The NCPC publishes periodic articles under the title "Planning for Eldercare". Each article is written to help families recognize the need for long term care planning and to help implement that planning. All elderly people, regardless of current health, should have a long term care plan. Learn More...
From its inception, the goal of the National Care Planning Council has been to educate the public on the importance of planning for long term care. With that goal in mind, we have created the largest and most comprehensive source of long term care planning material available anywhere. This material -- "Guide to Long Term Care Planning" -- is free to the public for downloading and printing on all of our web sites. Learn More...
Veterans Pension and Survivor's Pension are disability income programs available to veterans or to the single surviving spouses or dependent child(ren) of deceased veterans. Pension is often referred to as "The Aid and Attendance Benefit." This is a misnomer, but the title lives on. These programs provide tax-free income ranging from $824 a month to about $3,253 a month. For a younger, totally disabled veteran, the benefit can also include payments for dependent children.
Eligibility requirements for Veterans Pension - a living veteran - include active-duty service for at least consecutive 90 days (with at least one of those days during a period of war) AND an honorable discharge or a discharged classified as other than dishonorable. Service in combat is not required. Had the veteran discharged before 90 days of service because of a disability incurred or aggravated in service or had a service-connected disability at the time of discharge that would have justified a discharge for disability, he or she is still eligible. For veterans of the Gulf War, the service requirement is 24 months or completion of the requirement for active-duty service, whichever comes first. Eligibility for Survivors Pension requires the same wartime service for the deceased veteran.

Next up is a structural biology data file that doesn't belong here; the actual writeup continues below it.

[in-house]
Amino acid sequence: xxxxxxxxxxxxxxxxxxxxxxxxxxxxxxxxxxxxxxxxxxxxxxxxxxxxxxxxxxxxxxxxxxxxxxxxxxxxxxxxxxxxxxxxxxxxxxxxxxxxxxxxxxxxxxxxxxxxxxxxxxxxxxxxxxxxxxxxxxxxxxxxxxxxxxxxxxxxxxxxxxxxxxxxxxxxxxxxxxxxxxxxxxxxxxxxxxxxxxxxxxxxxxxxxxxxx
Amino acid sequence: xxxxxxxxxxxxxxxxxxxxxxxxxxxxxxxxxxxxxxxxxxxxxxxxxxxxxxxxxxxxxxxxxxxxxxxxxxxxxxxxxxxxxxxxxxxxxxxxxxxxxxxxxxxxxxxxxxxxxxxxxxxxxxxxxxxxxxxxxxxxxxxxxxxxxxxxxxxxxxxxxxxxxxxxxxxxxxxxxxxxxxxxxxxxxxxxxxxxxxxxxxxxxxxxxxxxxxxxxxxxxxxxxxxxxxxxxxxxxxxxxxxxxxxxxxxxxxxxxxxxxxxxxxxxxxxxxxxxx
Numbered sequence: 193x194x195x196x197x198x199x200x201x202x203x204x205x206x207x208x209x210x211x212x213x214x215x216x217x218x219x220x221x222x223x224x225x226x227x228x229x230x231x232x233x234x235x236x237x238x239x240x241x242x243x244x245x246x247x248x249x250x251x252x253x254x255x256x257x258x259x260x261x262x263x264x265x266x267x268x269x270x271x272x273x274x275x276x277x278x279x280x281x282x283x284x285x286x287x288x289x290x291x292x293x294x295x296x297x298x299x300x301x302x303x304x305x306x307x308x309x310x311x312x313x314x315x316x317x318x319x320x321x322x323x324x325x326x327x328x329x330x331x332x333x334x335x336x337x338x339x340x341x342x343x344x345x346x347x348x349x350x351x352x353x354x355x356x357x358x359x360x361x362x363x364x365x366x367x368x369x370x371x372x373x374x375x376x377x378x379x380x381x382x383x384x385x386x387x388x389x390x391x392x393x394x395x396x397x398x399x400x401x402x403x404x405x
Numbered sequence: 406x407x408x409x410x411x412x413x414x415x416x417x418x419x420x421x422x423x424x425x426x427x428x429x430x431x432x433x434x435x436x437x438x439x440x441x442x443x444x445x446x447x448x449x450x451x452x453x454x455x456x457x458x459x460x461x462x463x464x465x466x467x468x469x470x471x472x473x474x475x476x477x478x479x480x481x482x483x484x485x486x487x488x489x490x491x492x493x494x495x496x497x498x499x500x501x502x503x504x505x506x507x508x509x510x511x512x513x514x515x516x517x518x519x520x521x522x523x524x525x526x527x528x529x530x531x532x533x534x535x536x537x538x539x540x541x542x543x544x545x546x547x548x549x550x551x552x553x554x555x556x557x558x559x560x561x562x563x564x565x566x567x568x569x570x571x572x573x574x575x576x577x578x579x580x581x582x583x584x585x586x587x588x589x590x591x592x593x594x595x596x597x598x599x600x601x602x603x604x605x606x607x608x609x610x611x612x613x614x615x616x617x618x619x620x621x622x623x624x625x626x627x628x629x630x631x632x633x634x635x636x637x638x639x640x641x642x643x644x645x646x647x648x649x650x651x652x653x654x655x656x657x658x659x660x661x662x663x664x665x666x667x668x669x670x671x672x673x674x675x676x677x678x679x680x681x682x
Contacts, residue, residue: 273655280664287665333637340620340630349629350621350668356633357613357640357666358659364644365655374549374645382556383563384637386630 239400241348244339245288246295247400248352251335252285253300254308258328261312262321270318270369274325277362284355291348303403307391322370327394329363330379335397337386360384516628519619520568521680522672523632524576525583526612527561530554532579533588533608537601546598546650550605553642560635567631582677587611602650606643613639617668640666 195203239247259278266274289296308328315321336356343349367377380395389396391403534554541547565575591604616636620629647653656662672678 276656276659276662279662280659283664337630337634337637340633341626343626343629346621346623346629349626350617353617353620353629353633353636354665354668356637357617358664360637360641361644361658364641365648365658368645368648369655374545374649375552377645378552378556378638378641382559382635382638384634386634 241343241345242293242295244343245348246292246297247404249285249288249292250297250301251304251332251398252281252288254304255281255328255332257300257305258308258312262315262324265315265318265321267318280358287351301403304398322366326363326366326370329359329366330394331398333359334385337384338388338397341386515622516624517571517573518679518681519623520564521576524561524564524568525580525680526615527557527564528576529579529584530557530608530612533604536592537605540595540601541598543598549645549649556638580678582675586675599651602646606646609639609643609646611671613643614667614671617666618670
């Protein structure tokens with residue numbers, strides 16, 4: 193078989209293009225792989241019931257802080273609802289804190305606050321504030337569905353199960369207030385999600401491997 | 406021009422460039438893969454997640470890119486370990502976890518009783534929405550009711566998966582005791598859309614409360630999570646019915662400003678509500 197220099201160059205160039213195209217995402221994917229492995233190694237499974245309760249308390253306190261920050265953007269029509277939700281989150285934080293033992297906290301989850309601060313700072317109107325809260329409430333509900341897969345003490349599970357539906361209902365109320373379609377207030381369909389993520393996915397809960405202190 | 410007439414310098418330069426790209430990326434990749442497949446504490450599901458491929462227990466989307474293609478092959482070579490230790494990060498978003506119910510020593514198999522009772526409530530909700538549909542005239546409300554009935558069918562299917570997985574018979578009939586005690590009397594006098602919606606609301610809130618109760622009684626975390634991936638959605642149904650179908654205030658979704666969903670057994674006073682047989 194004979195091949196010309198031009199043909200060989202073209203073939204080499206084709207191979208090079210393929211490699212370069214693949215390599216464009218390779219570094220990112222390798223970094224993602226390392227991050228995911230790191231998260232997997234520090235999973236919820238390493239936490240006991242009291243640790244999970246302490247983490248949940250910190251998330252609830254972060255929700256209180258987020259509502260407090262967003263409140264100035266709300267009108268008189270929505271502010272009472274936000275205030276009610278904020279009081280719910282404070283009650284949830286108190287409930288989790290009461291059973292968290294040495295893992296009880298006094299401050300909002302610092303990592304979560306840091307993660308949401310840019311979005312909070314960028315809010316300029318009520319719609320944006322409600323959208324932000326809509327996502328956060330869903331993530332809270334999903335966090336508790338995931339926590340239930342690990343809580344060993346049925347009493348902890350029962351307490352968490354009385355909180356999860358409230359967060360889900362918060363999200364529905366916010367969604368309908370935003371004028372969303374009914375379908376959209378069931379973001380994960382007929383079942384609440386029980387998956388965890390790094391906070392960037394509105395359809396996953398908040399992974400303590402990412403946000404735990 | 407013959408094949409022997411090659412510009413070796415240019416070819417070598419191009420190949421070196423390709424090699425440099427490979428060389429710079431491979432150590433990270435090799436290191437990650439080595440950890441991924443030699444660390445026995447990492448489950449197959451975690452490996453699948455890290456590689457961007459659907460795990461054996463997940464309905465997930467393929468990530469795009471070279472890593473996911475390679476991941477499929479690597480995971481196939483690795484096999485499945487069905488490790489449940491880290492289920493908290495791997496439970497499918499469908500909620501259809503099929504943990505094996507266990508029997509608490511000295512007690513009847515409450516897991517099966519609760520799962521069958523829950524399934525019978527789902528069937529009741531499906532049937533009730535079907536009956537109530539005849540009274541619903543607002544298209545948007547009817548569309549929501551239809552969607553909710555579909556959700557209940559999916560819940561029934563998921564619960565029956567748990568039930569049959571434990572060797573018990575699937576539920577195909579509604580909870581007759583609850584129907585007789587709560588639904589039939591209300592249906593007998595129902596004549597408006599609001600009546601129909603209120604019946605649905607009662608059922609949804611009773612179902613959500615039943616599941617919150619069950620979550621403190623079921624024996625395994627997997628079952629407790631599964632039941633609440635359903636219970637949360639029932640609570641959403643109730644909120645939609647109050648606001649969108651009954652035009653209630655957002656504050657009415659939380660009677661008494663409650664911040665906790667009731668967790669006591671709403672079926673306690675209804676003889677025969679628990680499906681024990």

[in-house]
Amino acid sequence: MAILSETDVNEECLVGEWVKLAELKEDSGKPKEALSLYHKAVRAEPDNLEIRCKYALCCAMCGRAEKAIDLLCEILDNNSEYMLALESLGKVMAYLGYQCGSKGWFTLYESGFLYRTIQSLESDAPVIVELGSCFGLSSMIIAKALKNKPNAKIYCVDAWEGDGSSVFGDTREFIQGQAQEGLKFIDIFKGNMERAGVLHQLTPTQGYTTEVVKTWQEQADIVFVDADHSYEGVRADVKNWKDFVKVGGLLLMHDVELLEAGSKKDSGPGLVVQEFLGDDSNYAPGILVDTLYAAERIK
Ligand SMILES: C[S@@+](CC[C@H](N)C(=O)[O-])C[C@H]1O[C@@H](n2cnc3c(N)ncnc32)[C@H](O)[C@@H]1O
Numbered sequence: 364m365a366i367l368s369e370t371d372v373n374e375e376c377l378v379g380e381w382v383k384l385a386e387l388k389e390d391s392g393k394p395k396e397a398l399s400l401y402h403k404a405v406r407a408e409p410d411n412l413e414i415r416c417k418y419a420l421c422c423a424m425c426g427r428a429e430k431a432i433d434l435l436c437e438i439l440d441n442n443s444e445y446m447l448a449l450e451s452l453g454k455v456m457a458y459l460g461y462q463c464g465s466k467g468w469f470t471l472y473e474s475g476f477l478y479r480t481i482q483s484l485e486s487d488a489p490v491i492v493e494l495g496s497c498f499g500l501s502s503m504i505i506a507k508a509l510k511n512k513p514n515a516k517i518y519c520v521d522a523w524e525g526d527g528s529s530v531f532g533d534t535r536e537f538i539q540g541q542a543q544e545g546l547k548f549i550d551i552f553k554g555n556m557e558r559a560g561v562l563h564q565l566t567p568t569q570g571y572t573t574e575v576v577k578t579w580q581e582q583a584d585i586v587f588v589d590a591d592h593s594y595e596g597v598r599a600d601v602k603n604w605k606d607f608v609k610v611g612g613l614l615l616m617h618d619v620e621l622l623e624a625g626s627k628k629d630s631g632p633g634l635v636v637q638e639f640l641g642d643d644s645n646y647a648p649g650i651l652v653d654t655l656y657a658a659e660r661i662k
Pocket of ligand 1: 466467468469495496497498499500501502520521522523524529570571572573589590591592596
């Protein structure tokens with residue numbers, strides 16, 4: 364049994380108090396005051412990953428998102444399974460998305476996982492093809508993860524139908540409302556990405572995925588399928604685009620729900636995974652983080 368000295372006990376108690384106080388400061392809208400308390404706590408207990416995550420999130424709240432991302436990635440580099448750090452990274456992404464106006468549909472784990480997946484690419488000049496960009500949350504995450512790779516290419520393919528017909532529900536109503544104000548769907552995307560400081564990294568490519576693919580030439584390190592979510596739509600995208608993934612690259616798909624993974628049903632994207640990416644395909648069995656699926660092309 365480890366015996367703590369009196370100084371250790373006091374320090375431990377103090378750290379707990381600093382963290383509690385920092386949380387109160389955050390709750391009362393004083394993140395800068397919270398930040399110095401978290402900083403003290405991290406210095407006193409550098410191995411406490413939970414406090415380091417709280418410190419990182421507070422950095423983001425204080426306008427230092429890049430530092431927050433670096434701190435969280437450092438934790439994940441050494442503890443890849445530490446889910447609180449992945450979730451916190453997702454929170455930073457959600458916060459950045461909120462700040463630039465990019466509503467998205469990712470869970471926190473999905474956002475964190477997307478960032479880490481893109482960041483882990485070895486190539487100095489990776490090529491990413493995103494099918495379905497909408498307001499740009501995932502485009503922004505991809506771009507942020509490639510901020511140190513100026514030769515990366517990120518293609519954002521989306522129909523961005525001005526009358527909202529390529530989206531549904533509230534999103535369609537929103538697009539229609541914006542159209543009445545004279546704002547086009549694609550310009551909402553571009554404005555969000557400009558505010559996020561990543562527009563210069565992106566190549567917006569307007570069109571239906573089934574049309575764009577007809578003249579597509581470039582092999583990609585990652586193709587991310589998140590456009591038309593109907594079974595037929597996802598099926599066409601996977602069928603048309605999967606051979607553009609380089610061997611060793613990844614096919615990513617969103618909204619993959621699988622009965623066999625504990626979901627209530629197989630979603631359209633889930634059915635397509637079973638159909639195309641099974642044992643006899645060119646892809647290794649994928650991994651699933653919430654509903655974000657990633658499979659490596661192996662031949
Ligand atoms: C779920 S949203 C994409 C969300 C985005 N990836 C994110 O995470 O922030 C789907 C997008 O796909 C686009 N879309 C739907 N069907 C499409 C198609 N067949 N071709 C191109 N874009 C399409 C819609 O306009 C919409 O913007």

Here is a condensed Period of War chart for Pension benefit purposes from 38 CFR 3.2:
|Period of War||Beginning and Ending Dates|
|World War 2||December 7, 1941 through December 31, 1946|
|Korean Conflict||June 27, 1950 through January 31, 1955|
|Vietnam Era||November 1, 1955 to May 7, 1975 for Veterans who served in the Republic of Vietnam during that period. August 5, 1964 through May 7, 1975; for veterans who served "in country" before August 5, 1964, February 28, 1961 through May 7, 1975|
|Gulf War||August 2, 1990 through a date to be set by law or Presidential Proclamation|
Payments for assistance with ADLs and IADLs by an in-home attendant are medical expenses so long as the attendant provides the disabled individual with health care or custodial care. Payments must be commensurate with the number of hours that the provider offers to the disabled person. This means payments must be based on hourly rates and not on arbitrary payment schedules. There are few guidelines for what those hourly rates should be. We must assume that the rates should be reasonable compared with similar rates in the community for similar services.
It is important to note that deductible medical expenses are applicable to all members of the household. If there is a healthy veteran claimant who has an unhealthy spouse who is generating medical expenses, these are deductible from the combined household gross income. If there is a healthy veteran claimant who has another dependent family member living in the household, who is generating medical expenses, these are also deductible from the combined household gross income. Likewise, a healthy surviving spouse claimant with an unhealthy dependent family member such as a dependent child or adult child who is dependent on the family income, can still deduct medical expenses for that dependent family member. REMEMBER, income is the combined household GROSS income to include a spouse and a dependent child under certain circumstances.